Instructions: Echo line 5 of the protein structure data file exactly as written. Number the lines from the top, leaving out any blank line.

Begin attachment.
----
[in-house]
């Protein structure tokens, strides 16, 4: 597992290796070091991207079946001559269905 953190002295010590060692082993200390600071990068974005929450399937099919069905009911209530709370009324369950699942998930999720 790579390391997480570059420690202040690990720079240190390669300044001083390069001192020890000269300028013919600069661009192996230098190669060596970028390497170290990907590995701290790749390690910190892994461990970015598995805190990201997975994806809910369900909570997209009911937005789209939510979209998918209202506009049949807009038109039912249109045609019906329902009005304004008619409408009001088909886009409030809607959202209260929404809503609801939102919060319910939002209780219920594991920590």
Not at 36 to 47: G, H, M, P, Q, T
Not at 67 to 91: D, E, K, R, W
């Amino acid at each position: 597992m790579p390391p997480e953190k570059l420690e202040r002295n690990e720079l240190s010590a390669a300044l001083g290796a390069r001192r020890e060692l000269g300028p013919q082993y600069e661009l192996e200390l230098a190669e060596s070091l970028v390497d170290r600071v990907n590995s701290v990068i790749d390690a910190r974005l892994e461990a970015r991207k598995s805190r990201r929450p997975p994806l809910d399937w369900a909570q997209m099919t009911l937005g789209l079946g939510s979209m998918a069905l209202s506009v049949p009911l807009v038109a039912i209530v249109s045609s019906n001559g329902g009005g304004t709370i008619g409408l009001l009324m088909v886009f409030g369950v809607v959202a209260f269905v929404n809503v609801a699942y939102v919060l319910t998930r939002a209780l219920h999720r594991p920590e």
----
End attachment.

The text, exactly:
């Amino acid at each position: 597992m790579p390391p997480e953190k570059l420690e202040r002295n690990e720079l240190s010590a390669a300044l001083g290796a390069r001192r020890e060692l000269g300028p013919q082993y600069e661009l192996e200390l230098a190669e060596s070091l970028v390497d170290r600071v990907n590995s701290v990068i790749d390690a910190r974005l892994e461990a970015r991207k598995s805190r990201r929450p997975p994806l809910d399937w369900a909570q997209m099919t009911l937005g789209l079946g939510s979209m998918a069905l209202s506009v049949p009911l807009v038109a039912i209530v249109s045609s019906n001559g329902g009005g304004t709370i008619g409408l009001l009324m088909v886009f409030g369950v809607v959202a209260f269905v929404n809503v609801a699942y939102v919060l319910t998930r939002a209780l219920h999720r594991p920590e």